2017-05-11 / Front Page

Library expansion cost now estimated at about $5.5M

BY ROBERT BERCZUK

A revised estimate from an architect has put the price tag on the planned expansion and renovation of the library at about $5.5 million.

Library trustee Paul Housberg said he received the updated figure from architect Mohamad Farzan — which is upwards of $800,000 more than thought a week ago — but has not had a chance to speak with him to clarify from where the additional costs stem.

At its May 2 building committee meeting, the group was told the base cost of the project was $4.38 million, but additional expenses, such as accounting, engineering and legal fees, could increase the cost by about $400,000. Farzan’s new estimate also includes the cost for items that were not clearly defined in last week’s figure and are based on subsequent information he received in the interim timeframe.

The current plan includes a 4,000-square-foot addition with an unfinished basement. That wing, which would house the new children’s area, would be connected to the building’s auditorium at the northwest corner. The board also has considered a retractable wall between the rooms to benefit from shared space.

According to the plan, the children’s area in the southern part of the building would become part of the adult section. The middle of the building, including the Sydney Wright Museum, would be enlarged to centralize staffing. The Narragansett relics housed in the museum would be returned to the tribe.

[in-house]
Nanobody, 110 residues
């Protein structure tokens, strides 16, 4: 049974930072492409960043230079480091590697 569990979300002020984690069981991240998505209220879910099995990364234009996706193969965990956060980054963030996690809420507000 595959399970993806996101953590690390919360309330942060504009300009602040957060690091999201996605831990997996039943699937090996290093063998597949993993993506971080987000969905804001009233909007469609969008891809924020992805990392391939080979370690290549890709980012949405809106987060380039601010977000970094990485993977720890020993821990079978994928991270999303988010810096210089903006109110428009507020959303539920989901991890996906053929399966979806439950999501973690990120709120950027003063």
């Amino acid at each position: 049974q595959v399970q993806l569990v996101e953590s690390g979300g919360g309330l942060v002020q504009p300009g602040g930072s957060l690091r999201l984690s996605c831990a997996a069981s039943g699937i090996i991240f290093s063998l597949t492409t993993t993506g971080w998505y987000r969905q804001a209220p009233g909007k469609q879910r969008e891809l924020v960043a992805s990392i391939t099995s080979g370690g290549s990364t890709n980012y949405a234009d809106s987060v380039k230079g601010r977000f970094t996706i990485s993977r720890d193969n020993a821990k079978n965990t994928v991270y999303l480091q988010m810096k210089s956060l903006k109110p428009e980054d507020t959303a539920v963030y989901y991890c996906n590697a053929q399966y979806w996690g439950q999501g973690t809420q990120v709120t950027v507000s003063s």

While the trustees have not authorized any amount for the project, they did set a timetable for the next year in regard to fundraising and evaluating what they may do in 2018.

The board will apply for various grants, as well as do a feasibility study of its fundraising capacity through the end of 2017. Then it will re-evaluate where it stands in the first half of 2018 before deciding whether to continue with the plan in its current state or to modify it based on what it estimates its eventual financial ceiling may be.

Some of the trustees expressed concern about the “sticker shock” of the potential cost.

“The magnitude of that number is large and we need to be aware of it,” said trustee Jen Cloud. “There’s also a number that’s acceptable to the public and sometimes that’s lower than you thought.”

Despite the concern, others said they must let the process play out.

“If it’s not a doable number, we’ll work on that as we go on,” said Mary Lou Sanborn, the board’s president.

“That’s the whole point of doing the feasibility study so we can all be comfortable with it,” Housberg said.

“We have to at least go down the path and see what we can do and see what’s acceptable and what we can raise,” said Peter Carson, who added that the board’s 501(c)3 foundation has raised about $110,000 since being formed three months ago.

Several of the board members met with their fundraising consultants and some town residents Monday to get a start on that effort. They’re looking for between 30-60 Jamestowners they can talk to in the next several months as part of the

These interviews are aimed at helping the consultants get a handle on the willingness of potential donors, as well as the ability for the bard to raise the number it believes it will need. That number sill is unknown as it will be lowered by any grants the board can secure from places such as the Champlin Foundations and the state Office of Library and Information Services.

One of the other items discussed with the fundraisers was that the board needs to do a better job of getting its message out about why the project is needed and beneficial to the town. The belief is that better communication and public relations efforts with the community could help in attracting donors.

They said you need to get out there and tell your story,” said Donna Fogarty, the library director.

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